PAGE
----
Historical reliability of the Acts of the Apostles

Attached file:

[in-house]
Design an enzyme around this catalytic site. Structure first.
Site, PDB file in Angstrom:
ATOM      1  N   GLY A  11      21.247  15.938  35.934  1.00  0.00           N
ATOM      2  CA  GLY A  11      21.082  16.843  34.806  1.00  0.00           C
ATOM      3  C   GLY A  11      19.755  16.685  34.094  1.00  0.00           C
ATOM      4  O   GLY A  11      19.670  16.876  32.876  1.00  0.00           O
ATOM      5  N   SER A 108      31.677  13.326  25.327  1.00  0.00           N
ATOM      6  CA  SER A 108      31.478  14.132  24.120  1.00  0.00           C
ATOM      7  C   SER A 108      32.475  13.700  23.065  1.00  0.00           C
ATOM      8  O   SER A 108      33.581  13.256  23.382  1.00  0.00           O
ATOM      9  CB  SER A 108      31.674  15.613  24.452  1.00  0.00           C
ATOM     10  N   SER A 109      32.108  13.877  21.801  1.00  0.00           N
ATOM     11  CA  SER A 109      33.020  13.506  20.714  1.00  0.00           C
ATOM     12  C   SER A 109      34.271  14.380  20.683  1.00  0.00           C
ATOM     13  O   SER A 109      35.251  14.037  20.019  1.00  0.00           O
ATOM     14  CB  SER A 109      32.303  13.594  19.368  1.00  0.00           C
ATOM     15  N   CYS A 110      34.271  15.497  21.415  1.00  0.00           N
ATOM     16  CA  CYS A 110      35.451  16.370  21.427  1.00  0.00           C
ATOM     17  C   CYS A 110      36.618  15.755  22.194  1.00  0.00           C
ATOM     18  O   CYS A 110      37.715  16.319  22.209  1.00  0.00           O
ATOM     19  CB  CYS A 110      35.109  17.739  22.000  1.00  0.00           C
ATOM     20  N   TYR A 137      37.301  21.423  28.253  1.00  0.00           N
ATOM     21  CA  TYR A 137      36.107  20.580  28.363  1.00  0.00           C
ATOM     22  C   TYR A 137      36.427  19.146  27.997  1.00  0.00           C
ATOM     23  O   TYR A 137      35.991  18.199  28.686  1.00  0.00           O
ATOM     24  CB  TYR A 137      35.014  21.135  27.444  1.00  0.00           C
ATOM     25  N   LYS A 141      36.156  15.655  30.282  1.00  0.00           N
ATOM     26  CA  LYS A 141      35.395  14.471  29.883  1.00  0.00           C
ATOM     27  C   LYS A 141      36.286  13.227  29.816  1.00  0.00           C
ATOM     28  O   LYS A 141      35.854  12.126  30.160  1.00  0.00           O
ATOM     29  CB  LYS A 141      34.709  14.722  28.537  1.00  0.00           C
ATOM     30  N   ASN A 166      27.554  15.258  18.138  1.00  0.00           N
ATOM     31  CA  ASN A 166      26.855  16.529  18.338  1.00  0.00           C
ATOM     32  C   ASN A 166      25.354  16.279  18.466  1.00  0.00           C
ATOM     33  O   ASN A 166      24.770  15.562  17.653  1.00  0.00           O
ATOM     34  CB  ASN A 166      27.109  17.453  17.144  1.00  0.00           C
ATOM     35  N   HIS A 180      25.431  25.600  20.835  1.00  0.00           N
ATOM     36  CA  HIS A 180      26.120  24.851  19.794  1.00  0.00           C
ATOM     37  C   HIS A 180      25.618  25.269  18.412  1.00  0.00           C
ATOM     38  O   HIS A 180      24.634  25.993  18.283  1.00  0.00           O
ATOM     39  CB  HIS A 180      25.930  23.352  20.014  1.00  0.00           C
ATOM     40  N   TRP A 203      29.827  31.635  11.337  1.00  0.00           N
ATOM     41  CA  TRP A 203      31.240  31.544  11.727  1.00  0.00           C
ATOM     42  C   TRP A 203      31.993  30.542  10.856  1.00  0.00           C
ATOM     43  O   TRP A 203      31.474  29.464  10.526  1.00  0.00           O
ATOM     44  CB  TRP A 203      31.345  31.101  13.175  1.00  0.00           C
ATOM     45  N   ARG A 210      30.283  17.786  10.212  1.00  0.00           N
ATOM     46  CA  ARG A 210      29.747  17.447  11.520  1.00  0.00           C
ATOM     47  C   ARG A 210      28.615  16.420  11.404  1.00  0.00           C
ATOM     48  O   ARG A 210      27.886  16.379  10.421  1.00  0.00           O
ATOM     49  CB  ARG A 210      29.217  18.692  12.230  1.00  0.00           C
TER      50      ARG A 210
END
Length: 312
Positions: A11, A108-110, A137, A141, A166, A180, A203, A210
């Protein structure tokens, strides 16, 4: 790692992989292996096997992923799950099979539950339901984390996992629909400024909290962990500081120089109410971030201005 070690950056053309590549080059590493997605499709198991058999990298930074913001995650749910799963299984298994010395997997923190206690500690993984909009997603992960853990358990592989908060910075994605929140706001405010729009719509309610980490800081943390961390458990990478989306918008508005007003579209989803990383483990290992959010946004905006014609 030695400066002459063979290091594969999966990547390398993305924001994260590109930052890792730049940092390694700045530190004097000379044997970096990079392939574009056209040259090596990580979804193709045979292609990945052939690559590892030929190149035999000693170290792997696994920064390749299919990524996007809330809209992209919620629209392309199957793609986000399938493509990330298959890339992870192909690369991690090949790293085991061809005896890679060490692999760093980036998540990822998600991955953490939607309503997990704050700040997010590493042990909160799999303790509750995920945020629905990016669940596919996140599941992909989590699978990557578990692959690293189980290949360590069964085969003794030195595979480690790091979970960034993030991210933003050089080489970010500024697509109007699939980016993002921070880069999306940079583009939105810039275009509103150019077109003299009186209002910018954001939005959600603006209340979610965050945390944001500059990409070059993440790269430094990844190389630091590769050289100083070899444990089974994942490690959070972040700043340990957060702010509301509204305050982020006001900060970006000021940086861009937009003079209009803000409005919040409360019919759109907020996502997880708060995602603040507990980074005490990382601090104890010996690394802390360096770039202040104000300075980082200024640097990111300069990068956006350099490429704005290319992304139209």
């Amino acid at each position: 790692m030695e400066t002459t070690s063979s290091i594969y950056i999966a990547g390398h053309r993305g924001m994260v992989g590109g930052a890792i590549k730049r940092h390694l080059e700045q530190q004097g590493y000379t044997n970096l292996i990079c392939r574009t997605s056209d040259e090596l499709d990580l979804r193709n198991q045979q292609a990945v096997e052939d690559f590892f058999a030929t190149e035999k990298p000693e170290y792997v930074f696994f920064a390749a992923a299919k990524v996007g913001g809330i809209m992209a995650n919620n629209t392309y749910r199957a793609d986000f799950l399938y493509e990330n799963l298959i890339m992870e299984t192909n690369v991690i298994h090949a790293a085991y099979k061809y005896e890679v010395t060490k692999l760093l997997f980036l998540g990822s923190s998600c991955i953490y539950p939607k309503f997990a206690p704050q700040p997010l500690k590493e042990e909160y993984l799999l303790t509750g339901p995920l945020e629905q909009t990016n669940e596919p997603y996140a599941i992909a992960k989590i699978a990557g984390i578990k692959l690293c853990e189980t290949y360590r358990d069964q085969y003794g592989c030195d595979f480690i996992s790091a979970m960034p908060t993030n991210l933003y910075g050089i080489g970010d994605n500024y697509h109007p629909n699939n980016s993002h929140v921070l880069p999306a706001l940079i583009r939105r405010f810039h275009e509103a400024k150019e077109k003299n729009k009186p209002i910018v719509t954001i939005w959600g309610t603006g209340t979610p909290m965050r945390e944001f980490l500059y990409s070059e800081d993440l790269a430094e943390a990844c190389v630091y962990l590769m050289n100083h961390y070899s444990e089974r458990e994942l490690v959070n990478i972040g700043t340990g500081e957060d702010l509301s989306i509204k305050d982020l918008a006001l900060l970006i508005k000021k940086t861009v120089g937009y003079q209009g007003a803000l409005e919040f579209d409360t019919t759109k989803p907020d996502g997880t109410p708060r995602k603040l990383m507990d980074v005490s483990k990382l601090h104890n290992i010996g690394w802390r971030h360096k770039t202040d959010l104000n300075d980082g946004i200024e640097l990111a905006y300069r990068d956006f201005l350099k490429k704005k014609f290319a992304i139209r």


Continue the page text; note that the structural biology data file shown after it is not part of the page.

The historical reliability of the Acts of the Apostles, the principal historical source for the Apostolic Age, is a major issue for biblical scholars and historians of Early Christianity, with the debate on the historicity of Acts becoming most vehement between 1895 and 1915. German theologian Adolf von Harnack in particular was known for being very critical of the accuracy of Acts, though his allegations of its inaccuracies have been described as ""exaggerated hypercriticism"" by some. Attitudes towards the historicity of Acts range widely across scholarship in different countries.Three early writings that mention Jesus and the origins of Christianity are the Antiquities of the Jews by the Roman-Jewish historian Josephus, Church History of Eusebius of the 4th century, and Luke–Acts, a two-part historiography, sometimes ascribed to Luke who was believed to be a follower of Paul.A key contested issue is the historicity of the depiction of Paul in Acts. According to the majority viewpoint, Acts described Paul differently from how Paul describes himself, both factually and theologically. Acts differed with Paul's letters on important issues, such as the Law, Paul's own apostleship, and his relation to the Jerusalem church. Scholars generally prefer Paul's account over that in Acts. Representing a more conservative view, however, some prominent scholars and historians view the book of Acts as being fairly accurate and corroborated by archaeology, and in general agreement with the Pauline epistles.